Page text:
University Of Florida Scientists Developed A Novel Spit Screening Test That Can Identify Biomarkers For Breast Cancer Using Just A Small Saliva Sample

Monkey Business - - illustrative purposes only, not the actual people

Every year in the United States, approximately 240,000 women are diagnosed with breast cancer, according to the CDC.

Mammograms, which are often a daunting experience for women, are currently used for early detection and diagnosis of this disease.

However, researchers at the University of Florida have recently created a saliva-based test for detecting breast cancer, and it’s demonstrating encouraging outcomes in its experimental trials. The new, portable device can actually identify biomarkers for cancer using just a small saliva sample.

“Imagine medical staff conducting breast cancer screening in communities or hospitals,” said Hsaio-Hsuan Wan, the study’s lead author.

“Our device is an excellent choice because it is portable– about the size of your hand– and reusable. The testing time is under five seconds per sample, which makes it highly efficient.”

The device operates using paper test strips coated with antibodies designed to react to specific cancer biomarkers. When introduced to a saliva sample, the device sends electric pulses to its contact points.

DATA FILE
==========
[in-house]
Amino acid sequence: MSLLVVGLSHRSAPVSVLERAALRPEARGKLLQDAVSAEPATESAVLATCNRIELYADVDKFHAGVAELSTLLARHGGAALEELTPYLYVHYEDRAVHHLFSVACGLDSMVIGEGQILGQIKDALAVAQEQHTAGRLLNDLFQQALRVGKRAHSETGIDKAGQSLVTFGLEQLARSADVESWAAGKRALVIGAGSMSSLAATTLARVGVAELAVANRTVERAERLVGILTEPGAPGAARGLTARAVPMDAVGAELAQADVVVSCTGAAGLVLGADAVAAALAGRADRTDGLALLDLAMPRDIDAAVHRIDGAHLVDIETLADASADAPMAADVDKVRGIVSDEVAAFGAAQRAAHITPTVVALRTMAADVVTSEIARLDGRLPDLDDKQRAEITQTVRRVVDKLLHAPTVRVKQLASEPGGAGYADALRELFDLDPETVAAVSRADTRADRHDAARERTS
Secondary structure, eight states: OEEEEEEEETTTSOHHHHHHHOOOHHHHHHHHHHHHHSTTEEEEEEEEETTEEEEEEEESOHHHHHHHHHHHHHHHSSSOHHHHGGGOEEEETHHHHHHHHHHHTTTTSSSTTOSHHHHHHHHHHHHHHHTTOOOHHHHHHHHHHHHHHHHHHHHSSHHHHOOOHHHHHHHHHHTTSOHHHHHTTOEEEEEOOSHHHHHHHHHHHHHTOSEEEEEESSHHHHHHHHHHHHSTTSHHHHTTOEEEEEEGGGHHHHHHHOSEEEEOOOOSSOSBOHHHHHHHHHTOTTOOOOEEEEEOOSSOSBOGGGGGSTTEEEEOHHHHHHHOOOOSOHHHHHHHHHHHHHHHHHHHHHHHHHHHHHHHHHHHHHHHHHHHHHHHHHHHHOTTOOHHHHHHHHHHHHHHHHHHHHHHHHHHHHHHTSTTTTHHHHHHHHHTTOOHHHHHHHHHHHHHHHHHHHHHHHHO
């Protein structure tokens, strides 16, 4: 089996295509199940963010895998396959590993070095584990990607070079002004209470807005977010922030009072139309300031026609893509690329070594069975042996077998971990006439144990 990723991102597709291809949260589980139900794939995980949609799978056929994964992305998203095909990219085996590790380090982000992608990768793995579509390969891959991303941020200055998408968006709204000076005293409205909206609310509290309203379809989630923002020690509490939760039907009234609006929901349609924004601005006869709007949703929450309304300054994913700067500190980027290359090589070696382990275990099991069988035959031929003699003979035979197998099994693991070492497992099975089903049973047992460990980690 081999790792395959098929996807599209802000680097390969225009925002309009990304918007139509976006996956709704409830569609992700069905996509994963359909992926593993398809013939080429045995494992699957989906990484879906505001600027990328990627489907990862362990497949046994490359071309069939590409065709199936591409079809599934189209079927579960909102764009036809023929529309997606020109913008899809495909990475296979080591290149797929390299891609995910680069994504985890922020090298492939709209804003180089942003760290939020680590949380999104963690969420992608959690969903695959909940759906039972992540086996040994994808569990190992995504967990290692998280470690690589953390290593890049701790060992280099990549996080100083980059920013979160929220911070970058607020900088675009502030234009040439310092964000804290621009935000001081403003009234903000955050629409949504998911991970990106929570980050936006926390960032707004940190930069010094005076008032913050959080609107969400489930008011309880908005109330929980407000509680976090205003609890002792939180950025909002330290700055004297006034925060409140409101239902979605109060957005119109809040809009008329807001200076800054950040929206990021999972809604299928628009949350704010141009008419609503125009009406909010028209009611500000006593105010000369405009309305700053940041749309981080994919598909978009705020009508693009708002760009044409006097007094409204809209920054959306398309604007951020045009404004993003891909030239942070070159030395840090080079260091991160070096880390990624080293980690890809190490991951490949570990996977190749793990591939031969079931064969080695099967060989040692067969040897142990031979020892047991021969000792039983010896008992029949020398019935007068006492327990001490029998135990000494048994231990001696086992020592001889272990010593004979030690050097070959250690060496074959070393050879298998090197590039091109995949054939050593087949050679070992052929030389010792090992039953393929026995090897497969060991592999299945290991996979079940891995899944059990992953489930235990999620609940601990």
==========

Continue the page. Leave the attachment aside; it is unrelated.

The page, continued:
These pulses facilitate the binding of biomarkers to the antibodies, changing the output signal from the electrode in a way that assesses cancer risk. In contrast, traditional methods like mammograms, ultrasounds, and MRI scans involve significant costs, large equipment, and exposure to low-dose radiation.

Wan also noted how, in numerous areas, particularly developing nations, sophisticated technologies such as MRI for breast cancer screening might not be easily accessible.

“Our technology is more cost-effective, with the test strip costing just a few cents and the reusable circuit board priced at $5,” Wan explained.

Monkey Business – – illustrative purposes only, not the actual people

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